Vodafone background

Driving economic and social development

The global footprint of our network, our significant presence in emerging markets and our track record as an innovator, enable us to make an important contribution to socio-economic development. Recent research shows a 10% increase in mobile access raises a country’s economic productivity by 4.2%.1

Like millions of other revellers, you may well have celebrated the new year by using your smartphone to call loved ones, or to text, tweet, email or even link up by video. Similar situation to Mobile mechanic London

Reaching for your mobile might seem a commonplace, reflex reaction these days. But it is a far cry from the moment – exactly 30 years ago today – when Michael Harrison stood in London’s Parliament Square to make Britain’s first ever mobile phone call to his father in Surrey.

Michael’s father was Racal – and later Vodafone – chairman Sir Ernest Harrison. And though that first mobile call only lasted a minute, it would spark a global communications revolution and has today helped make Vodafone the sixth largest company on the FTSE 100, with a value of £59bn.

It’s a far cry from Vodafone’s roots as Racal, which specialised in radio equipment and nearly collapsed in the mid-1950s before Sir Ernest arrived to get the books in order. He was one of just 13 employees, collecting £650 a year, but by the time he retired in 2000 he had created more wealth for shareholders than any other businessman of his generation.


Vodafone will demand tough remedies from the UK’s competition watchdog overseeing BT’s £12.bn acquisition of EE as part of a high-reaching strategy to expand in its home market this year.

Following the acquisition of EE by BT and the merger of Three and O2 in the UK, Vodafone will become the smallest mobile operator in its home market.

The group has also come under pressure from Sky, which recently announced plans to enter the mobile market for the first time, as well as TalkTalk, which is aggressively pushing bundled offers that undercut rivals on price

“It has been a turbulent year both in and out of Vodafone,” says Mr Hoencamp, a typically blunt-speaking Dutchman who took over as chief executive less than two years ago. “Not all market developments are necessarily good but it creates opportunity.”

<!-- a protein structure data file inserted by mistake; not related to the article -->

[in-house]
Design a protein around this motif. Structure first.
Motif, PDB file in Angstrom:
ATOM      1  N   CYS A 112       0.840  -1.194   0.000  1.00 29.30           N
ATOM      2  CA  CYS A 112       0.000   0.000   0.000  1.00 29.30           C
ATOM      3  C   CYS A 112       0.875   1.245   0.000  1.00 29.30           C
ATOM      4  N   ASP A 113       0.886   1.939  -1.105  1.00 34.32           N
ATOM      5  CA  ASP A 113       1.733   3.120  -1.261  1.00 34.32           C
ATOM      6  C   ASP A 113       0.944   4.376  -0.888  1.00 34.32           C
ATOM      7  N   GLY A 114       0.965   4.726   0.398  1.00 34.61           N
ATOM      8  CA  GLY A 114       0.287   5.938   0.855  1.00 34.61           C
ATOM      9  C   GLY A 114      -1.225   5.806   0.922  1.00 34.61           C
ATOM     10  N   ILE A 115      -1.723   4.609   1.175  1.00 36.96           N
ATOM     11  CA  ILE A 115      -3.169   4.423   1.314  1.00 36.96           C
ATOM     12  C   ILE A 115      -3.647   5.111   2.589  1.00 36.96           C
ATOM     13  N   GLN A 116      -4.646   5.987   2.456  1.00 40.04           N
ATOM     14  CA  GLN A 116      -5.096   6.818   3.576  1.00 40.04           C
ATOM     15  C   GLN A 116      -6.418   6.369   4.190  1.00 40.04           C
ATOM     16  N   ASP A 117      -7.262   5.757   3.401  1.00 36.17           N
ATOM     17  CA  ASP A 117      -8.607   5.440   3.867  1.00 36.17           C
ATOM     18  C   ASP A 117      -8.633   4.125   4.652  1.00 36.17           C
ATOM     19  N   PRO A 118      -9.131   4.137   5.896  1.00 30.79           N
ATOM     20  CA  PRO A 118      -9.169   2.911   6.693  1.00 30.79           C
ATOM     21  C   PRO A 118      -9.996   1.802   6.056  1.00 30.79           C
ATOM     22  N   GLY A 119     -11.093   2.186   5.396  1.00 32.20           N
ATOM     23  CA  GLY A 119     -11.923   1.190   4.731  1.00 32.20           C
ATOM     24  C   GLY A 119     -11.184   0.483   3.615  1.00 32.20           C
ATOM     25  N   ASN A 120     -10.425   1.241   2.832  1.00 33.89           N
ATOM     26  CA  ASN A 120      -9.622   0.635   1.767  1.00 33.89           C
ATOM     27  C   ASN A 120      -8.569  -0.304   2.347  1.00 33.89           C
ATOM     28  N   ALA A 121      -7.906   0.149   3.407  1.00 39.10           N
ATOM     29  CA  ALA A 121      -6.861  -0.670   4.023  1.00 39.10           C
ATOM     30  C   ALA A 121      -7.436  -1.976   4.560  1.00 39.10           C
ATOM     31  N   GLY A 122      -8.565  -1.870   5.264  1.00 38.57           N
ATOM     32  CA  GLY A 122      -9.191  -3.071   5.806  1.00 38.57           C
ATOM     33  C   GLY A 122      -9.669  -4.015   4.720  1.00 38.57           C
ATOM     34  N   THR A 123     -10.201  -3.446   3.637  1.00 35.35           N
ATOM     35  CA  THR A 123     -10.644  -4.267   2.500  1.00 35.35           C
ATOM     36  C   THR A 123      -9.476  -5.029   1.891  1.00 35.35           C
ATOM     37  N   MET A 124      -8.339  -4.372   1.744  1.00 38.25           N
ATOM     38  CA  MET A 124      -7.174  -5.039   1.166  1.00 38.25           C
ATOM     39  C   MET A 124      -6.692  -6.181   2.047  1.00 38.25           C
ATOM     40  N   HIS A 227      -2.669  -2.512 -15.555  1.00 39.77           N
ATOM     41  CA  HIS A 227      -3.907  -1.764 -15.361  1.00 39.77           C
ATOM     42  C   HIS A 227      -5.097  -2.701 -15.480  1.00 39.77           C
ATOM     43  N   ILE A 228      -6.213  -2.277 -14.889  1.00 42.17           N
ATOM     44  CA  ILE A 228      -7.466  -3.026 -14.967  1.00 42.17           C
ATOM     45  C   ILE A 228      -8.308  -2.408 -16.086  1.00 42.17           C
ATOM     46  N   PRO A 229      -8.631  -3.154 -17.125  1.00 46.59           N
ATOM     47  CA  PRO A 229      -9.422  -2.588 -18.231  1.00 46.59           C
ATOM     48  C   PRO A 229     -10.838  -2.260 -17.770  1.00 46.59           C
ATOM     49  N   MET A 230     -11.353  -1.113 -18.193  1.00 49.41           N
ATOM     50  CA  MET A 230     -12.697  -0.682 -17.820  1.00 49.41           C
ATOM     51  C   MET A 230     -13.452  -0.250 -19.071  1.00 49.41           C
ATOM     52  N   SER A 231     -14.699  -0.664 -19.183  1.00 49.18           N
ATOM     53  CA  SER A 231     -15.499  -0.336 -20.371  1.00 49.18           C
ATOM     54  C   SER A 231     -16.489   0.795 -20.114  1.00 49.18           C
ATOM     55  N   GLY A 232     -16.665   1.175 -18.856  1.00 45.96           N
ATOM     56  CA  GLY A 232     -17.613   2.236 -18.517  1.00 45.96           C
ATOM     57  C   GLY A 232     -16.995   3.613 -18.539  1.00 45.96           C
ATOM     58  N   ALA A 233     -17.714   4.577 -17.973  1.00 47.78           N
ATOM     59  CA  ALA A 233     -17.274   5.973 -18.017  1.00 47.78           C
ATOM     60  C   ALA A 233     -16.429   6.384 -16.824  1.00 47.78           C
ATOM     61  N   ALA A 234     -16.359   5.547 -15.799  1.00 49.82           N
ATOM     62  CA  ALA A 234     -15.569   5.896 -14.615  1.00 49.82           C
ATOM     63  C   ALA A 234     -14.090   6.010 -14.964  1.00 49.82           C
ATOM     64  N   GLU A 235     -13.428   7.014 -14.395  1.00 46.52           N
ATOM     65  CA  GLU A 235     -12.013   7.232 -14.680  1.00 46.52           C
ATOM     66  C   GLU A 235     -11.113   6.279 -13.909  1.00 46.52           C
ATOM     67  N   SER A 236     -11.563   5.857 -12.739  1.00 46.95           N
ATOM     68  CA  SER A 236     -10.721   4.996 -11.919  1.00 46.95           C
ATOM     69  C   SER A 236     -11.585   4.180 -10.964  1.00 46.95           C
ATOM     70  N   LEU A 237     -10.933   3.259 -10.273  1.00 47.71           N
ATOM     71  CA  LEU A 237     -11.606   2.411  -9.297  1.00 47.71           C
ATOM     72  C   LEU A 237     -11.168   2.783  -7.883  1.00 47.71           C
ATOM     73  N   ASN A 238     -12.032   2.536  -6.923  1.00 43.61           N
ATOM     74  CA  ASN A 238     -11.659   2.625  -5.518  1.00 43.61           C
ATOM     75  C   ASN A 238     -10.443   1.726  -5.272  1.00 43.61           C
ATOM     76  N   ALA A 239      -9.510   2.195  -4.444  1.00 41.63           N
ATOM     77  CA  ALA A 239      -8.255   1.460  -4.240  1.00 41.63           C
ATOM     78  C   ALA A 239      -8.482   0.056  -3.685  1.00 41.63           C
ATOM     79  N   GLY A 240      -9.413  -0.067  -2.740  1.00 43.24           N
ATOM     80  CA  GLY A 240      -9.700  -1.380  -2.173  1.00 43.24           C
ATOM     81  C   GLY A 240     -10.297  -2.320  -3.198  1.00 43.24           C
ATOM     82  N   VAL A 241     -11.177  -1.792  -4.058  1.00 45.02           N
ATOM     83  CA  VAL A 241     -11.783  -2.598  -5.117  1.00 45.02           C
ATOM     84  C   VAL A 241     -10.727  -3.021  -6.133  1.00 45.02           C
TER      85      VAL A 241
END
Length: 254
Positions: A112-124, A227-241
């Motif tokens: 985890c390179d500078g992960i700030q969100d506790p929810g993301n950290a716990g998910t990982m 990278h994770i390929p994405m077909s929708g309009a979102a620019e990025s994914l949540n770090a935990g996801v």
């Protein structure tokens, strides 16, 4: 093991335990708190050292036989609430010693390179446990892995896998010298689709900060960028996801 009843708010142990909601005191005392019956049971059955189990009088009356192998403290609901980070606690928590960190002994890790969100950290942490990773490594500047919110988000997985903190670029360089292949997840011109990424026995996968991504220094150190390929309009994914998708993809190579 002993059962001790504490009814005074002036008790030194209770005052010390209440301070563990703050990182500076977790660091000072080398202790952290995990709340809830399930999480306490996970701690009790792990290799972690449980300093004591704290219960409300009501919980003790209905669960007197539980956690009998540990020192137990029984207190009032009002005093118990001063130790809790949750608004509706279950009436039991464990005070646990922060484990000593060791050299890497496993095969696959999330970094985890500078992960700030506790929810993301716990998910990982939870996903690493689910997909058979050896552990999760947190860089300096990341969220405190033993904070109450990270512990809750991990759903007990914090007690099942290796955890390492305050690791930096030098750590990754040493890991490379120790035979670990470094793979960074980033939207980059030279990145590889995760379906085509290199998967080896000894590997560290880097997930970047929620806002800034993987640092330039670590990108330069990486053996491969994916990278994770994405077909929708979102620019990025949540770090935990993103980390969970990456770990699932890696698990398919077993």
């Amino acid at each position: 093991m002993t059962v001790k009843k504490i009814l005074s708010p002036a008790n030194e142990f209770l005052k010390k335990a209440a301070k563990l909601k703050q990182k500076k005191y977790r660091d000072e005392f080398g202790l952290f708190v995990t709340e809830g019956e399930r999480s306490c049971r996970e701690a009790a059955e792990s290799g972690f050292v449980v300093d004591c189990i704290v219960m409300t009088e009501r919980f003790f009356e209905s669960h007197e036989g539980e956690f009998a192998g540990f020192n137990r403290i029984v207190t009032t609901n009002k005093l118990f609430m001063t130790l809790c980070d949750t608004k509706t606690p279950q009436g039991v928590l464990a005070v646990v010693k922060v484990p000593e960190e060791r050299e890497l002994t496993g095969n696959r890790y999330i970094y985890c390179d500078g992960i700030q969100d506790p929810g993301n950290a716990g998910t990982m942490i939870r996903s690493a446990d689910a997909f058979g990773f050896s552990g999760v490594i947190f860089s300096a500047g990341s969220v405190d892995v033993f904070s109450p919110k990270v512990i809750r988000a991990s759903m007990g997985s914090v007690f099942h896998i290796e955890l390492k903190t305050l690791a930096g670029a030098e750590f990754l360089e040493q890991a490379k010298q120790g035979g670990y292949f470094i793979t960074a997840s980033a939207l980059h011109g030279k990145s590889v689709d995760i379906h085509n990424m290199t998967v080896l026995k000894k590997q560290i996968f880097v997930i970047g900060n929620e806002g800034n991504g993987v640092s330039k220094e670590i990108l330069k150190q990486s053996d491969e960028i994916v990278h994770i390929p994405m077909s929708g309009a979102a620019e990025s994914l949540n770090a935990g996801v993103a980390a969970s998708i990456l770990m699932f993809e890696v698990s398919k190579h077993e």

But Vodafone’s priority will be to improve a network that he admits is not good enough. “Nothing else matters without the network. It isn’t as good as it should be and it isn’t as good as it can be,” says Mr Hoencamp, who spoke to the FT near the top of London’s Shard where Vodafone has installed the highest mobile connection in Europe. “Very significant improvements are being made.”

London, in particular, will benefit from an additional 1,000 mobile masts to create “world-class” coverage.


“It is not just about headline speed,” notes Mr Hoencamp, with a nod to the claims of rivals such as EE to having the fastest network in Britain.

“Customers won’t know the difference between 20 or 30 mbps [speeds of mobile data]. Our first focus is on voice. We want the strongest network.”


Millions of Australians are still being billed for calls to 1800 numbers after a group of 13 companies, including the telecommunications giant Vodafone, missed the 1 January cut-off to make mobile calls to those numbers free.

The industry set its own deadline to implement the changes in July 2014.

Vodafone had an estimated 5.2m mobile phone customers in July 2014, accounting for 17% of the mobile phone market in Australia.

Vodafone faces being reduced to a relative minnow in Britain, with BT poised to become the biggest mobile operator if its £12.5bn takeover of EE is successful and Hutchison Whampoa’s Three bulking up with a £10.25bn acquisition of Telefonica’s O2.

Vodafone said that its performance was in line with expectations and reaffirmed its target to deliver between £11.6bn and £11.9bn of earnings before interest, tax, depreciation and amortisation for the full 2015 financial year


Vodafone and tesco blinxbox take over ? as tesco lost 20milion back in 2014? Whats the crack?

The company is looking to gain an edge on competitors by spending £19bn upgrading its network through a venture it calls “Project Spring”. Vodafone said 4G coverage in Europe is up to 65pc from 59pc previously and the overall dropped call rate continued to fall.
In total, the company has committed £19 billion to its ‘Project Spring’ investment plan, with £1 billion earmarked for the UK. The Newbury, Berkshire based firm recently celebrated the 30th anniversary of the Vodafone brand and has promised to open 150 new retail stores in the UK, creating 1,400 jobs.

In addition to its ongoing 4G rollout, Vodafone’s UK 2G and 3G networks will be upgraded as part of Project Spring and Colao firmly believes this investment programme will eventually bear fruit.

“We have commenced our Project Spring two-year investment programme which will accelerate our plans to establish stronger network and service differentiation for our customers,” he says. “I expect the first signs of this to become evident later this year, with wider 4G coverage in Europe and 3G coverage in emerging markets, improved network performance and increased customer advocacy.”